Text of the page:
Pretty much everybody has heard of the Boston Massacre. Even if one doesn’t know all the details, almost anyone can put enough facts together to get the gist of the story. Way back in 2008, when Today’s History Lesson was newborn, my good friend Michael covered the Boston Massacre. I don’t feel any real need to add to his very good synopsis, but let’s take a couple minutes and cover a related issue.
The Fifth Anniversary of the Boston Massacre.
March 5, 1775 was the date and the Old South Meeting House was the venue. The gathering included, of course, Samuel Adams and John Hancock. There were several men that spoke, including Hancock and Benjamin Church. They were followed by Dr. Joseph Warren, wearing a white toga (reminiscent of the orators in the ancient Roman Senate). He spoke of the Pilgrims leaving Europe, comparing it to Noah’s year in the ark, leaving a sin-stained world for a fresh, new existence. He talked about Britain’s committment to its taxation of the Colonies.
But Warren’s most colorful language was spared for the memories of those killed on that fateful day five years earlier, and Ira Stoll records it in his biography of Samuel Adams. “Take heed, ye orphan babes, lest, whilst your streaming eyes are fixed upon the ghastly corpse, your feet glide on the stones bespattered with your father’s brains. . . . We wildly stare about, and with amazement ask, who spread this ruin round us? what wretch has dared deface the image of his God? has haughty France, or cruel Spain, sent forth her myrmidons? has the grim savage rused again from the far distant wilderness? or does some fiend, fierce from the depth of hell, with all the rancorous malice, which the apostate damned can feel, twang her destructive bow, and hurl her deadly arrows at our breast? no, none of these; but, how astonishing! It is the hand of Britain that inflicts the wound.”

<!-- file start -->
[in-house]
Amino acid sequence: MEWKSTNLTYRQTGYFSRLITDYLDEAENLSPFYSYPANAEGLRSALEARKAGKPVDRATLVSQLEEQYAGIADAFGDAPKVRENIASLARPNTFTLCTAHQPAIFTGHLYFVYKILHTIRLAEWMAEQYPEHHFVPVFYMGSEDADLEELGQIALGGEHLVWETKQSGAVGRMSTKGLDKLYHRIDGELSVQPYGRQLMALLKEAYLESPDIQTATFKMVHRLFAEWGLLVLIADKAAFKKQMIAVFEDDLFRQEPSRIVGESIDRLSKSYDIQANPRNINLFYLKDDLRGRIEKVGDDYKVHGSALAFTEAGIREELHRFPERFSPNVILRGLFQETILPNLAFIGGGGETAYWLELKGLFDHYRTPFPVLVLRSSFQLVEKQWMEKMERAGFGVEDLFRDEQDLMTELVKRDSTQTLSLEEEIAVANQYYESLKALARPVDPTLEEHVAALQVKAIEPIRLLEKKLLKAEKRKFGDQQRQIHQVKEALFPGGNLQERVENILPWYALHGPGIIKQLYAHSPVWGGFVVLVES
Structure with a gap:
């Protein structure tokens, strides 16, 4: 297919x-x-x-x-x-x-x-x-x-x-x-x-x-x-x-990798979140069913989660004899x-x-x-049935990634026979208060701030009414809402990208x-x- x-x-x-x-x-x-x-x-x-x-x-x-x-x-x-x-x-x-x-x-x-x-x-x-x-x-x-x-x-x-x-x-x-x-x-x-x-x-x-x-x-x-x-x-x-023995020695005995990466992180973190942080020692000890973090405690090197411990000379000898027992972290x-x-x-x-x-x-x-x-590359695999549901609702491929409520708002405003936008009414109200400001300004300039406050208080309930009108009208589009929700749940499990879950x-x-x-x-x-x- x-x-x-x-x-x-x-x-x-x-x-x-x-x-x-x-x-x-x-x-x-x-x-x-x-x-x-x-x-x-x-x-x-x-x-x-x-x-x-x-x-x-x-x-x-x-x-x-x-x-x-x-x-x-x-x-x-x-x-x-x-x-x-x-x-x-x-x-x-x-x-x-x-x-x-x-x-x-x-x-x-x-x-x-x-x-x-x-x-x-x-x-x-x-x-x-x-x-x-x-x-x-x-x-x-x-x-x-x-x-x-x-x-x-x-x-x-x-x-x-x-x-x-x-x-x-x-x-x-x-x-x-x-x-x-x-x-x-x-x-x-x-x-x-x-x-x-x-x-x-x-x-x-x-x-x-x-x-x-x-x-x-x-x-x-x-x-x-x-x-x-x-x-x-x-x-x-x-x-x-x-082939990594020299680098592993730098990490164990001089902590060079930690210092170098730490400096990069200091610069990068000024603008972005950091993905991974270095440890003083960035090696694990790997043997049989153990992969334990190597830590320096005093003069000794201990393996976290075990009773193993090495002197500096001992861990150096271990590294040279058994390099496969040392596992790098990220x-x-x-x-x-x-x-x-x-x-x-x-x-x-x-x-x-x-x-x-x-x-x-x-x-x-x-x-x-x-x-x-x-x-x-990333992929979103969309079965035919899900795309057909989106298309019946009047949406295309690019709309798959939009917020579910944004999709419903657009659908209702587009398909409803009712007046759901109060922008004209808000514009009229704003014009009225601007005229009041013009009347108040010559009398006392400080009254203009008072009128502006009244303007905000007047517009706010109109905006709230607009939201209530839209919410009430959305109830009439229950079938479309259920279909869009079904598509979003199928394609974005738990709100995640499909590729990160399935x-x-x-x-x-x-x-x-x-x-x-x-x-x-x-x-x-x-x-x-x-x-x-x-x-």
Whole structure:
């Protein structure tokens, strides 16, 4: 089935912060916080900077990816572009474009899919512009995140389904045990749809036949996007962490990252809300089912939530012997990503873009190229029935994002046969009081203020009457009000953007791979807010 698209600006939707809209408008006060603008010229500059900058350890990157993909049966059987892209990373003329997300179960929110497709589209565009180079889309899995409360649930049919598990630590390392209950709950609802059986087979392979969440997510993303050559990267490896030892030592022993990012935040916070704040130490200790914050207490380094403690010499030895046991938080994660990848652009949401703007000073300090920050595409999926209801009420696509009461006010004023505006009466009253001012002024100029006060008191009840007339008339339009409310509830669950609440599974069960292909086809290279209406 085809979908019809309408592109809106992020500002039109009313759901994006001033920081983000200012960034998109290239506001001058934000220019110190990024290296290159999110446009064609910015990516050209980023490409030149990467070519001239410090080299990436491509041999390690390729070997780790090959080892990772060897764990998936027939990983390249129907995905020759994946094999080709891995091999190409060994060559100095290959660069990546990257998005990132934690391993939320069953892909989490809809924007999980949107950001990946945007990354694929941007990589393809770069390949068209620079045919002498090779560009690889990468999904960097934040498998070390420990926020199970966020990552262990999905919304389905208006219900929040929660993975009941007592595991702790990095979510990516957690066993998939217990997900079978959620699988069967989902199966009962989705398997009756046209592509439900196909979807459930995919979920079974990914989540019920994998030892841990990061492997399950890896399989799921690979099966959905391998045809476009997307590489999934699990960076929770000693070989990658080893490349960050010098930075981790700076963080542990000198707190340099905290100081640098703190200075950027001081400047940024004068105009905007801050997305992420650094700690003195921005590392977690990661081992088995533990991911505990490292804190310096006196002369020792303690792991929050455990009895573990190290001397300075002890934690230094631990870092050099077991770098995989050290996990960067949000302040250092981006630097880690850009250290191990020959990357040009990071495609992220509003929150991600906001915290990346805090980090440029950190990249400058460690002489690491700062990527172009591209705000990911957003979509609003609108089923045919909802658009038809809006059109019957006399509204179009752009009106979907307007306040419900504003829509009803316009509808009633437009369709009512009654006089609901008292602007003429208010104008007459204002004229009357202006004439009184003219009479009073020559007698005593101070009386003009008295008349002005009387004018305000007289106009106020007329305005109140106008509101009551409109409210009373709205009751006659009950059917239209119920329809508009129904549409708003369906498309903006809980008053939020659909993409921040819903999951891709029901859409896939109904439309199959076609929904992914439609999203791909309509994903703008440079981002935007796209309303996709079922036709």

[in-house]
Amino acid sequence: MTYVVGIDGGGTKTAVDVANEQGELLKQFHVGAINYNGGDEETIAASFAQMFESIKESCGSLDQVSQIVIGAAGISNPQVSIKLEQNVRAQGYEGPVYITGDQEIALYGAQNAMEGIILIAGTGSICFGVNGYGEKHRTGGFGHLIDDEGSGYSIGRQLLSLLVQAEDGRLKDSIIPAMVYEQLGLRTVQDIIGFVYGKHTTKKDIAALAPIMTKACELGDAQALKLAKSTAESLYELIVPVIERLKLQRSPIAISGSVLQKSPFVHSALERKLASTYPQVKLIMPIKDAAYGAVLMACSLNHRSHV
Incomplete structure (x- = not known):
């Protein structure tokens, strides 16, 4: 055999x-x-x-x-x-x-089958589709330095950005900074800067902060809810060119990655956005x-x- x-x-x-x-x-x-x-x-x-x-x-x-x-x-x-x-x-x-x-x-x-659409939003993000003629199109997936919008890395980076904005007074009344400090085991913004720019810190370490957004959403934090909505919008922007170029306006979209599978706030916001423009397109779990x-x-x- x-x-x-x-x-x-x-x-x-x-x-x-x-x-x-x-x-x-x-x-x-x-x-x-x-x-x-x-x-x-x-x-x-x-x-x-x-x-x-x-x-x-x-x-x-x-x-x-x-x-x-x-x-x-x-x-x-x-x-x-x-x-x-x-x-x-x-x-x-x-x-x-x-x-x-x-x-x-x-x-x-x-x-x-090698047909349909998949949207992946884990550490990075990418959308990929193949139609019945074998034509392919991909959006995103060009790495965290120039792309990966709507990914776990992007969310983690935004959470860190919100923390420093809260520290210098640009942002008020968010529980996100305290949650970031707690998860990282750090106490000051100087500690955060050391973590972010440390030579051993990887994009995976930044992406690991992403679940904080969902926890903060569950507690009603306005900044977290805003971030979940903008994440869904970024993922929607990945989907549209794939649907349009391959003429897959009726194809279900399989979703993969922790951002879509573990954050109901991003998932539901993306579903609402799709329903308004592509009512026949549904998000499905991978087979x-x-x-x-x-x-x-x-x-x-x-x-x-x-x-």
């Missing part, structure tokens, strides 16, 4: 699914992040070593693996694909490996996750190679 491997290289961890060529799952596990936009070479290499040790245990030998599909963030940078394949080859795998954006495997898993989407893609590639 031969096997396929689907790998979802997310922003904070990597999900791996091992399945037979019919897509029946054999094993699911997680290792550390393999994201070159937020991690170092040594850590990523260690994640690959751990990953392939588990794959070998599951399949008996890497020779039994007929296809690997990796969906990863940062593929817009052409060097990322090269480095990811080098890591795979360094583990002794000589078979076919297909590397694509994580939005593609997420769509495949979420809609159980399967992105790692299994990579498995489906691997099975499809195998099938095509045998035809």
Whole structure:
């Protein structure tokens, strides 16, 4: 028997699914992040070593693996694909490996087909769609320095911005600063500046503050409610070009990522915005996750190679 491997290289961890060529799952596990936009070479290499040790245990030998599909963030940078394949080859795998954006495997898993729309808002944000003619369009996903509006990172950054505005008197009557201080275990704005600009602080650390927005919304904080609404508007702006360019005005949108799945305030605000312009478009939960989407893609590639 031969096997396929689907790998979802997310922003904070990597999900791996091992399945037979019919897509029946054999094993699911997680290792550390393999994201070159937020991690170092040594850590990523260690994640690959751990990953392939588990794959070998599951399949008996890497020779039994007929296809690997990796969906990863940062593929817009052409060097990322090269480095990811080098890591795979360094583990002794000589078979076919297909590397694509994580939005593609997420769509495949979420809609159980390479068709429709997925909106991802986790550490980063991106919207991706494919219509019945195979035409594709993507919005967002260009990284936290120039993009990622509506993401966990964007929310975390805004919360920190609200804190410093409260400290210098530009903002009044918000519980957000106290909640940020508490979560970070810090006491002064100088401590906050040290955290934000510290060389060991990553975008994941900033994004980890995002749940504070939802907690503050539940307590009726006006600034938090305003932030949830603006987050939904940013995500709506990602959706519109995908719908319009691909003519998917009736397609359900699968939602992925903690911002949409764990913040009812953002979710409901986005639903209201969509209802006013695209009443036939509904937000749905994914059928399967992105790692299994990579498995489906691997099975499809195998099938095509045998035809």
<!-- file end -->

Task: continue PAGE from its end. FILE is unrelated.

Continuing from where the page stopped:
Warren’s goal of winding up those gathered was achieved. But more than that, the British officers that were present (and seated towards the front) also got excited, but for entirely different reasons. As he finished, Samuel Adams told those assembled to return the following year to again commemorate the bloody massacre.
And it was the word “bloody” that set the officers off. A bit of a melee ensued, and some report that Adams was challenged to a duel. Others report that Adams accepted. Fortunately, cooler heads prevailed, and a second Boston Massacre was avoided…barely.
But there is little doubt that Colonists like Church, Adams, and Hancock left the Meeting House with big British targets on their backs. And you could add Joseph Warren to the list as well. He joined the Massachusetts militia, but his Revolution (and his life) ended just three months later when he was killed at Bunker Hill.
Recommended Reading: Samuel Adams: A Life